A pilot plug is movably disposed in the pilot body interior and has first and second sealing elements connected to one another by a pilot plug stem. The first sealing element, which may be referred to as a first sealing ball, and the second sealing element, which may be referred to as the second sealing ball are movable and engageable with first and second seats in the pilot body interior. A movable actuator is disposed in the pilot body interior, and has a first end and a second end wherein the second end extends outwardly to an exterior of the pilot body. The liquid level controller includes a displacer positioned inside a tank or vessel. A waggle arm, which may also be referred to as a displacement member, is connected at one end to the displacer and has a second end that engages an end of a pivot rod. The vertical or up-and-down movement of the displacer will cause the second end of the waggle arm to move. A connecting link will translate the up-and-down movement of the waggle arm to a tangent arm. The tangent arm will transmit the force applied due to the change in the liquid level, or other sensed parameter, to the pilot valve.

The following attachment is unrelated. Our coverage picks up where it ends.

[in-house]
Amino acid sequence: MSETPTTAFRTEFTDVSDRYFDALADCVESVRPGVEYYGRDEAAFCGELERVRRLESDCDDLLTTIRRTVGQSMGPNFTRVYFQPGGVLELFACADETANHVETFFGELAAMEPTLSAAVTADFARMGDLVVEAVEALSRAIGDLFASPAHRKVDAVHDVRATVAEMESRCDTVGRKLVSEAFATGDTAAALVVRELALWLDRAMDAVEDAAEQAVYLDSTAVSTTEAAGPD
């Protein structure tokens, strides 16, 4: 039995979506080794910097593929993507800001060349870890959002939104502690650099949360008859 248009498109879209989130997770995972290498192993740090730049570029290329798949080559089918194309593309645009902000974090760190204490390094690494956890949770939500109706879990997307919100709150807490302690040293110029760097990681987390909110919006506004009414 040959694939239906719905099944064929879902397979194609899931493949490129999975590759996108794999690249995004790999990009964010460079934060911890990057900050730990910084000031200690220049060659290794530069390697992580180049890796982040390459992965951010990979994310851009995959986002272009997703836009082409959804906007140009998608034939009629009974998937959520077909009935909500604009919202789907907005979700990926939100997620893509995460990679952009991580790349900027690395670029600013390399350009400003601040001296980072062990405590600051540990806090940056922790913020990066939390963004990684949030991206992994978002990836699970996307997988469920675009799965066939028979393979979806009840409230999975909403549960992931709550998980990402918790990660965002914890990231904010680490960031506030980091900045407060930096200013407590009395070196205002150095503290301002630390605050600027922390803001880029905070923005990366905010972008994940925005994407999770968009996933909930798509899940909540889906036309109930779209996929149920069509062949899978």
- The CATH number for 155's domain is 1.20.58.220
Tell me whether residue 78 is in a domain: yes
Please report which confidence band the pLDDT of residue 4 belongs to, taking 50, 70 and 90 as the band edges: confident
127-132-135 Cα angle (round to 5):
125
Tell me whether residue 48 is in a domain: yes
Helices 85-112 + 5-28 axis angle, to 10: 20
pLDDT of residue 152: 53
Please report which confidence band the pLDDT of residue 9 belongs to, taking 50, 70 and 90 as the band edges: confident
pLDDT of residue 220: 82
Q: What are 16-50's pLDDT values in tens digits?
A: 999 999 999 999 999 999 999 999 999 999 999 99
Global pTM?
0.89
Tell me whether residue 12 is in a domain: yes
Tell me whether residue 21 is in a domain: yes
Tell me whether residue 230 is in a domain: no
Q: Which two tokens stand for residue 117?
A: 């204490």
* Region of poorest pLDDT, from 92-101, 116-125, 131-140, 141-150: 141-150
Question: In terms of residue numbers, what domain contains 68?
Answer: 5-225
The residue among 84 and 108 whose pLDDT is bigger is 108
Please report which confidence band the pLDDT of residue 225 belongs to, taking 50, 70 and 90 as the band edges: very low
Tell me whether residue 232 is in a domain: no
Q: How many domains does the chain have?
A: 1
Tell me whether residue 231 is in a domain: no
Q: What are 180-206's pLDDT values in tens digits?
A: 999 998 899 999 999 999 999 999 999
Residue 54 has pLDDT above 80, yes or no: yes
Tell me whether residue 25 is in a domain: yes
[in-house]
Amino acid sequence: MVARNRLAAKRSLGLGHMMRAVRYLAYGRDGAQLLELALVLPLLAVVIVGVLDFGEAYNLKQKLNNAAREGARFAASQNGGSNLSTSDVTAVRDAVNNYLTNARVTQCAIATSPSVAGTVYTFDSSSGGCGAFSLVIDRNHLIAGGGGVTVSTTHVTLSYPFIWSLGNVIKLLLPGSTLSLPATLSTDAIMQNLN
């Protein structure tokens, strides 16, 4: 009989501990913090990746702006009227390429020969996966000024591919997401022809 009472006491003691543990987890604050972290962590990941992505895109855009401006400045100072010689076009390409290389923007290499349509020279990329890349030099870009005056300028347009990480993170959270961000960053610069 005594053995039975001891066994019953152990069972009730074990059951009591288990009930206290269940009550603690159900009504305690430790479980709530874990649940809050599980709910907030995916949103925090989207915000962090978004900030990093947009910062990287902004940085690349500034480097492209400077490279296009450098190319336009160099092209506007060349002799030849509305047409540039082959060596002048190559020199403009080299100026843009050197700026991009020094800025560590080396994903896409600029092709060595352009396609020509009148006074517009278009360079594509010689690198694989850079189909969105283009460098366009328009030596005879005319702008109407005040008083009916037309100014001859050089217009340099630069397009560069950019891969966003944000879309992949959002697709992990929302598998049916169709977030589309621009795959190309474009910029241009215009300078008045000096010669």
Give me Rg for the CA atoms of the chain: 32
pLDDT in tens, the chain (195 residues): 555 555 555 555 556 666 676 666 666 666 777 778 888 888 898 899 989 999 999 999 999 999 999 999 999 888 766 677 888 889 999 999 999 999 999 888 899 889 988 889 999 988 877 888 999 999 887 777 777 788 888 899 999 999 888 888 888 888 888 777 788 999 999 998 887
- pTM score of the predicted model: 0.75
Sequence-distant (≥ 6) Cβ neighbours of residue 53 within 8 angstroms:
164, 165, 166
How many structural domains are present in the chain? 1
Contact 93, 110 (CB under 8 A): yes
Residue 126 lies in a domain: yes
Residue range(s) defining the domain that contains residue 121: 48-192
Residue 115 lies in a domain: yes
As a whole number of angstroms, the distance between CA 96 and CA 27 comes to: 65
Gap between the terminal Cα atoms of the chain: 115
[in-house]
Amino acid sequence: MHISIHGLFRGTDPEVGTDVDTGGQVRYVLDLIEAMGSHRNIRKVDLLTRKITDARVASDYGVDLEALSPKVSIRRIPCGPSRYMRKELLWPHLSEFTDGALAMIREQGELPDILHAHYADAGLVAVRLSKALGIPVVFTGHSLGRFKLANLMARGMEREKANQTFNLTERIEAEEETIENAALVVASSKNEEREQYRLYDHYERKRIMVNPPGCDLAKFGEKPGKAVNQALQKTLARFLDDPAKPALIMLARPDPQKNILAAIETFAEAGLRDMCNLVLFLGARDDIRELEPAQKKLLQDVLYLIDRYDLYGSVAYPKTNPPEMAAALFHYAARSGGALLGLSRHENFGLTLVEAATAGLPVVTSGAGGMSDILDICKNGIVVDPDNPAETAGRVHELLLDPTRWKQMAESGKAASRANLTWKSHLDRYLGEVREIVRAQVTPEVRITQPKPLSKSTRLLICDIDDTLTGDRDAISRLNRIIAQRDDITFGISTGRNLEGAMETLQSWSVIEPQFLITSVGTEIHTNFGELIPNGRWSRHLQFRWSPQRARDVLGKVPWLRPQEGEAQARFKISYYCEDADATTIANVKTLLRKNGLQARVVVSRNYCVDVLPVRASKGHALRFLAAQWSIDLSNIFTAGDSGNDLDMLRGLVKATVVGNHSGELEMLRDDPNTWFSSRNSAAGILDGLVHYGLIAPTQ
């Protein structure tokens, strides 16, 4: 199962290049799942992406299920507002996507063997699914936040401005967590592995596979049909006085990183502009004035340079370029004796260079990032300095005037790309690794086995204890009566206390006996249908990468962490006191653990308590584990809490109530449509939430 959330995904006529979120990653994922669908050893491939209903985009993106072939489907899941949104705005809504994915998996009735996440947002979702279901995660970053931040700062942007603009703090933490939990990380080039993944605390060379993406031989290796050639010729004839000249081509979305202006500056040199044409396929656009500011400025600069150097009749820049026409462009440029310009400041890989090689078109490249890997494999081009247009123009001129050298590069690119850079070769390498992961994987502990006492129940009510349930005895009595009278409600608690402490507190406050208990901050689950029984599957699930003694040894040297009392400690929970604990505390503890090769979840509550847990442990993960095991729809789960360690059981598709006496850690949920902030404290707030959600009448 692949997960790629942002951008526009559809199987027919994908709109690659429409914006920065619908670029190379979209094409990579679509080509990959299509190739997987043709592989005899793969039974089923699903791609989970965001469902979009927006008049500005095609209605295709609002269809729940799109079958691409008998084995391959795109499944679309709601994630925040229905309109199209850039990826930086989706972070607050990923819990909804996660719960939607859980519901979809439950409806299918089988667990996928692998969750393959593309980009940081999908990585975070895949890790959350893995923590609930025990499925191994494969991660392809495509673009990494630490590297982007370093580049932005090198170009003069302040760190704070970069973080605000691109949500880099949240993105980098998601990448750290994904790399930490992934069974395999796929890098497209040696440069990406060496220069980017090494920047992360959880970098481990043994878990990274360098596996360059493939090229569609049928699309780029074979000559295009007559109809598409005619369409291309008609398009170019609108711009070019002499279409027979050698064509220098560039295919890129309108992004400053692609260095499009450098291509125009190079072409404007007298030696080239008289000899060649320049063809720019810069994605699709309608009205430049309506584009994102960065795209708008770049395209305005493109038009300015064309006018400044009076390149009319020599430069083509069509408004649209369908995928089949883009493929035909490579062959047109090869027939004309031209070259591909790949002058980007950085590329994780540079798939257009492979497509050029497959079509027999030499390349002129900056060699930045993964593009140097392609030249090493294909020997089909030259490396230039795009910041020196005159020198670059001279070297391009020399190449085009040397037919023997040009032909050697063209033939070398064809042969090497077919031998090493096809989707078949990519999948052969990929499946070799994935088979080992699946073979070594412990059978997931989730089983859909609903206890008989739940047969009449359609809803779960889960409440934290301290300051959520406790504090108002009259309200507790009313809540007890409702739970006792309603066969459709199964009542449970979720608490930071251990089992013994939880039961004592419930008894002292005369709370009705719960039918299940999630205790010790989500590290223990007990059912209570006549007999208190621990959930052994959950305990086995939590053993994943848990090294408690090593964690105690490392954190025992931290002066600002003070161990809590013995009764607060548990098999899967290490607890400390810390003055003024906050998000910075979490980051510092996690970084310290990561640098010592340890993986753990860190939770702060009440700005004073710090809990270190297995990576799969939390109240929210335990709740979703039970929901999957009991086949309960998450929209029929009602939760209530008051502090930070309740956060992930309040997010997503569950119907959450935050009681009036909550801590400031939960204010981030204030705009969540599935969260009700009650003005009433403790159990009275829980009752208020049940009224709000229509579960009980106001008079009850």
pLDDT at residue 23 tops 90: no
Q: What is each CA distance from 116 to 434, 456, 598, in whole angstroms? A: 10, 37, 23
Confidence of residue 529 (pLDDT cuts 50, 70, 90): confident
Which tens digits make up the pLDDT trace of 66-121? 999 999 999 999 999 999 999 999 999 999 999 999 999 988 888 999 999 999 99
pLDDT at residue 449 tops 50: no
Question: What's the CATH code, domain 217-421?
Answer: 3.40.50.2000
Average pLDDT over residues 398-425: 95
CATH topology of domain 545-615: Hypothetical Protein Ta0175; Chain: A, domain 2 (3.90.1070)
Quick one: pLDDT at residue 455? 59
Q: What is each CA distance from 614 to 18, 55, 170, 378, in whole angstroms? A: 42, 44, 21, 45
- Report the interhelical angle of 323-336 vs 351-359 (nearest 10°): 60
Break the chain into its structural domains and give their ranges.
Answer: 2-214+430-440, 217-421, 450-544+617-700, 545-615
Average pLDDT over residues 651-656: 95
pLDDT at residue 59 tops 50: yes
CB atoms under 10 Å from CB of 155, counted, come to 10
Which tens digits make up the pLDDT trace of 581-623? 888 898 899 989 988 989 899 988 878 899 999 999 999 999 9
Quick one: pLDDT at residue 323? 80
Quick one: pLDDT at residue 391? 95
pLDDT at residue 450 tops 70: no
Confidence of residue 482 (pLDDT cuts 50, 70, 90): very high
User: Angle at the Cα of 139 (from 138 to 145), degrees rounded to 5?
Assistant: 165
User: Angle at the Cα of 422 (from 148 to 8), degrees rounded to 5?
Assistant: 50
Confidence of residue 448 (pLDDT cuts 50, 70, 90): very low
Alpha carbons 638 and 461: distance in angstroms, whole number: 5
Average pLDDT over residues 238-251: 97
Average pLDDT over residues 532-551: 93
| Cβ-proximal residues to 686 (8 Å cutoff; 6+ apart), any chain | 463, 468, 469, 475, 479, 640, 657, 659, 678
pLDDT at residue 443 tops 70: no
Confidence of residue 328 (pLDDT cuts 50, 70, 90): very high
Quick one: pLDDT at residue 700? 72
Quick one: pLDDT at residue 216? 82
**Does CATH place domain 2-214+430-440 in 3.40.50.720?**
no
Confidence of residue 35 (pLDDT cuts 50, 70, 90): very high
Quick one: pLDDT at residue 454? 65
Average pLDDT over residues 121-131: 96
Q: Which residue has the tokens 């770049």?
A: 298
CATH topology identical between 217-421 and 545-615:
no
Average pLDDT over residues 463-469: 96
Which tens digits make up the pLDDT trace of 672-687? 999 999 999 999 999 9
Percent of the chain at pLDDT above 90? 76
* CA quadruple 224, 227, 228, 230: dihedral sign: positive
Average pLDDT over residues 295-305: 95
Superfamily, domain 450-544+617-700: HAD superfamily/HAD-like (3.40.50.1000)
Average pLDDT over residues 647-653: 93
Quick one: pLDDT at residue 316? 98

The tangent arm will engage and move the actuator in the pilot valve or will disengage from the actuator depending upon the liquid level and the mode of the pilot valve. Movement of the actuator and other components will open and/or close passages to either supply or shut off output gas to the process control valve as will be described in more detail herein.